Now that season is drawn out, beginning before and lingering long after this formerly reliable signal of nature. Now her community suffers from flooding, eroding shorelines, and dried out riverbeds. Bear witness, then, McKibben urges. The Albatrosses are a family of seabirds—with wing spans up to 12 feet, the largest of any bird. The birds sometimes follow ships at sea to take advantage of the air currents they help generate and to feed on scraps of garbage.
The Albatross is a global citizen and as such is particularly vulnerable to all of the forces of change humans have brought about. To humans, the value of Albatrosses has a complex and ancient history. Like so many things, the significance of Albatrosses and whether or not we care about their vulnerability depends on how we look at them—in what we trust and what we expectantly desire—in, that is, what we hope:.
For sailors stuck in the doldrums, trusting in fate and desiring a harbor, an Albatross gliding across the sky, might be hailed as the messenger of rising winds, which finally float the sails. For a ship caught in a storm, the same Albatross may be despised as a harbinger of tossing, ship-wrecking waters. For nineteenth and twentieth-century businessmen and ladies—trusting in money and desiring luxury—Albatrosses meant money in the bank or turning heads on the street.
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Hundreds of thousands were killed for these ends. In more recent decades, to those with faith in violent power and desiring control, Albatrosses have meant nothing or nothing but trouble. As military bases expanded into the Pacific, Albatrosses collided with antennae and airplanes or were killed as pests.
Hundreds of thousands more have been caught by fishermen in lines and fishing nets accidentally, drowning to death as by-catch. Many die with plastic forks, toy wheels, and toothbrushes in their guts, which they have picked up accidentally in the middle of the ocean while feeding near its surface.
Meanwhile, rising sea levels due to climate change are inundating Albatross nesting islands, contributing to the likelihood of their extinction. For others, with Burroughs-and-McKibben-like hope, Albatrosses are interconnected members of the watery world of life and have value, quite simply, because they are Albatrosses. The way we act depends on the form of our hope.
Our form of hope depends on how we view ourselves in relation to what is not us, to what is beyond us. It depends on the stories we tell. Maturity requires us to admit that there are some things that we have done that can never be made right again no matter how much we might wish otherwise. A father and a son—two of the few human survivors of an Earth-charring catastrophe—are traveling together across a leafless, birdless, lifeless landscape made all the more dreadful by small bands of roving cannibals.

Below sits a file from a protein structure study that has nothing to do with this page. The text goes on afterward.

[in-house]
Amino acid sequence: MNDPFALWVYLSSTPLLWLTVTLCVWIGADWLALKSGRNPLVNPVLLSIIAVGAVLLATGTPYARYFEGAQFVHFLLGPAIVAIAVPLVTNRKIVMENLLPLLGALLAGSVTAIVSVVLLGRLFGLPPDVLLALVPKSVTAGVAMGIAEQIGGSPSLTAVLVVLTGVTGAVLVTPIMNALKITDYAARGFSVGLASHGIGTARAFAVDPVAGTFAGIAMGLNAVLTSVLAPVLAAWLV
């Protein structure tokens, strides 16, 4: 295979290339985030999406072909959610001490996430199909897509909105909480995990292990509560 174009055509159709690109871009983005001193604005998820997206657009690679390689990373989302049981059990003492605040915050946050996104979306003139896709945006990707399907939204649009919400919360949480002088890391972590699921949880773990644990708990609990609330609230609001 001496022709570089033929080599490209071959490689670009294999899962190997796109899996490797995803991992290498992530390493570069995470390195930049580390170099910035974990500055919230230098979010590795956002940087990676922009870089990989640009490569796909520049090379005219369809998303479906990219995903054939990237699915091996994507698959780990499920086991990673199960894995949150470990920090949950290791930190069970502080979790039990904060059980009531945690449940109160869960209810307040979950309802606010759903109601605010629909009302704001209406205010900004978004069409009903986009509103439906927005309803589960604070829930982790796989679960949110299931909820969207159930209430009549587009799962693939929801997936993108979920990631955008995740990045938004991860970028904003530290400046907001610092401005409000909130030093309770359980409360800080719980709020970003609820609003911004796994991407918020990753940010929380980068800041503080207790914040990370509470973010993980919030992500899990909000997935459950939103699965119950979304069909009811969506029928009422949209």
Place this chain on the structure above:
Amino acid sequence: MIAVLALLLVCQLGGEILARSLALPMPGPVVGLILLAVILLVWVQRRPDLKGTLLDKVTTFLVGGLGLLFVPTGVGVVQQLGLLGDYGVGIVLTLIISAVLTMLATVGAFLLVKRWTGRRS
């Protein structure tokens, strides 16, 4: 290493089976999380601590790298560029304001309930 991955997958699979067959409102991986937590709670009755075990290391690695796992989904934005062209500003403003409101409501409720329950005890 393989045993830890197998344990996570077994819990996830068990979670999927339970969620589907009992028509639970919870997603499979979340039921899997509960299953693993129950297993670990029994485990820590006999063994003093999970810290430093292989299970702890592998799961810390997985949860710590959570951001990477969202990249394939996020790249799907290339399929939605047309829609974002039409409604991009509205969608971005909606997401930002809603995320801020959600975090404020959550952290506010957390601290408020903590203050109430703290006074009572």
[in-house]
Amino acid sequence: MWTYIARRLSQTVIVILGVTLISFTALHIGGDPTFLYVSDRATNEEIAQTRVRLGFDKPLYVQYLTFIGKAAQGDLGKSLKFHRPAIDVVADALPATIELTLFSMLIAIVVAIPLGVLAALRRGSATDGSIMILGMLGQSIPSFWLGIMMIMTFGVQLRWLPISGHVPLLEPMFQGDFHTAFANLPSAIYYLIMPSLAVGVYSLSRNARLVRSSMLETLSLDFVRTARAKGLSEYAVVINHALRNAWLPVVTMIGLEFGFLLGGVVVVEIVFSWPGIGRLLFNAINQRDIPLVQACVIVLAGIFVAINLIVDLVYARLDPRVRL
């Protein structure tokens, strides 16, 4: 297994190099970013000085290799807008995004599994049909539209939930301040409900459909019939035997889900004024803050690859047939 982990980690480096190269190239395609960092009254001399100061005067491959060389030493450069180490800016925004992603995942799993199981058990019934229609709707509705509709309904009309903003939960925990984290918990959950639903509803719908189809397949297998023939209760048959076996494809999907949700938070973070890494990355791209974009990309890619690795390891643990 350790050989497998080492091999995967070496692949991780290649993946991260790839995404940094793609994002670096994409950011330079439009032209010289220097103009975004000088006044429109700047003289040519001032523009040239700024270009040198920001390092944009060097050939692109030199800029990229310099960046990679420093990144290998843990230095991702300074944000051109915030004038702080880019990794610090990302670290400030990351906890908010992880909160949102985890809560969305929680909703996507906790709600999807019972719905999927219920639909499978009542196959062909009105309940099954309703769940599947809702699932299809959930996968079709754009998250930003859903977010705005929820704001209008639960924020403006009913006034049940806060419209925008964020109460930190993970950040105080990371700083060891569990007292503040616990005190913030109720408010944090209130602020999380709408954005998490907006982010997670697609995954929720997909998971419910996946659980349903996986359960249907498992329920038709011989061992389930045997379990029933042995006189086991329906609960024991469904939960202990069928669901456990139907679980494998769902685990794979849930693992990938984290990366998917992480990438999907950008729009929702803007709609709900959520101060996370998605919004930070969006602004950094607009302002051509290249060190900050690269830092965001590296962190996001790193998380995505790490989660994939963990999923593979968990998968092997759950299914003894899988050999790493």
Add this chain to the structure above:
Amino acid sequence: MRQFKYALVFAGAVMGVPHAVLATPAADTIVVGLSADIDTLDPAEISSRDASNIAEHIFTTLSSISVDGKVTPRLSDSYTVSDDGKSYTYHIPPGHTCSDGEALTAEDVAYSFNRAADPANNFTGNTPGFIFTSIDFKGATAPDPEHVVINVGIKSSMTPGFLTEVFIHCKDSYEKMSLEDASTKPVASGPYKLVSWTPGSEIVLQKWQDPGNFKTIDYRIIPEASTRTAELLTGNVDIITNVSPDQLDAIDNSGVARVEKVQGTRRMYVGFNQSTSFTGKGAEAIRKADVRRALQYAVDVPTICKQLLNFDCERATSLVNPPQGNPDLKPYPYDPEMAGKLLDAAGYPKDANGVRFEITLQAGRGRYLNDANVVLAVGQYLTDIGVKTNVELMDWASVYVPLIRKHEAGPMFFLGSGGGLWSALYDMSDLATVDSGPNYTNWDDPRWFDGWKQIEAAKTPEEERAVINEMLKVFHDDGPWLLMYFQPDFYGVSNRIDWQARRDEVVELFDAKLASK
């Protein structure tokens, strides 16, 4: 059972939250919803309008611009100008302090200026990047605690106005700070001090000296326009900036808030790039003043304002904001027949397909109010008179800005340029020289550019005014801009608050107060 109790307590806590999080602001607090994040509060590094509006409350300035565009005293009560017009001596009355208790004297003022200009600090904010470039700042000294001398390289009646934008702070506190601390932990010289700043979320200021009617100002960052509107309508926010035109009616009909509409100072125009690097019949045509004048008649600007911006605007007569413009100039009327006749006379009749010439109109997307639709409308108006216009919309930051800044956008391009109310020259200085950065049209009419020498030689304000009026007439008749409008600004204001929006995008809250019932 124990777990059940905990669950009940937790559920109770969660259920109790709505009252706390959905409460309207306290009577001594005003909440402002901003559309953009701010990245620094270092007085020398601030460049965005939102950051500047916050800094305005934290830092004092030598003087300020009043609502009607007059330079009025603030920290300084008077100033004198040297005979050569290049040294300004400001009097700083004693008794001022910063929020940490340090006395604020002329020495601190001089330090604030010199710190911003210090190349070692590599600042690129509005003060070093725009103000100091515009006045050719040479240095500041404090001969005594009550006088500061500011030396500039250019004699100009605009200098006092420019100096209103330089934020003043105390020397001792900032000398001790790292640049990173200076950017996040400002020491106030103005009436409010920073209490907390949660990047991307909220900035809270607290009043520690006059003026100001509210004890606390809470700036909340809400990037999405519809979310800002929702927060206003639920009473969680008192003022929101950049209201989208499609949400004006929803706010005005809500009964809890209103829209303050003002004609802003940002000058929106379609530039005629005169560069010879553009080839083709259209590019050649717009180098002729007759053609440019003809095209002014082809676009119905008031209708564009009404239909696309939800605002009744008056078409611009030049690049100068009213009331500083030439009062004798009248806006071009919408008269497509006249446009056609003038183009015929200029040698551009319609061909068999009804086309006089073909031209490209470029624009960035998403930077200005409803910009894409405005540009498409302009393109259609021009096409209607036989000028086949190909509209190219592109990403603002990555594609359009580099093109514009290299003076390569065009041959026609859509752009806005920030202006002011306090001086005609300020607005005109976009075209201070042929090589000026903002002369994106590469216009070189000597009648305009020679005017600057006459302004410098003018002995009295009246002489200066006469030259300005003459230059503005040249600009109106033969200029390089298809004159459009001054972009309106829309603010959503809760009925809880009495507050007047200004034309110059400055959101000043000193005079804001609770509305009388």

The pair heads downhill from the Appalachians to the sea. He wished them godspeed till they were gone.
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He never heard them again. He thought if he lived long enough the world at last would all be lost. Like the dying world the newly blind inhabit, all of it slowly fading from memory. The names of birds. Things to eat.
Finally the names of things one believed to be true. More fragile than he would have thought. How much was gone already? We lose meaning. And always, it seems, all is wet and muddy. No smoke. Of course you can. I know. The planet should be given a new name, as McKibben suggests in Eaarth. An umbrella, indeed an entire Bellamy-esque, globe-encompassing roof, could not provide shelter enough from the stark reality that there was nothing left along the road to sustain life, human or otherwise.
The novel begins and ends in a shroud of mystery—with wet rocks, light in the darkness, old dreams, breath, love, a father and a child. The fire? It was always there. I can see it. She said that the breath of God was his breath yet though it pass from man to man through all of time. Once there were golden toads and ivory-billed woodpeckers. In truth, we must acknowledge this, but we must, at the same time, never give up on life: the well-spring of real hope and its enduring promise.
Bacon, Francis. Francis Bacon: The Major Works. New York: Oxford University Press, , Specter, Michael. Rosenthal, Elisabeth. Ceballos, G. See also Bates, S. Log out of ReadCube.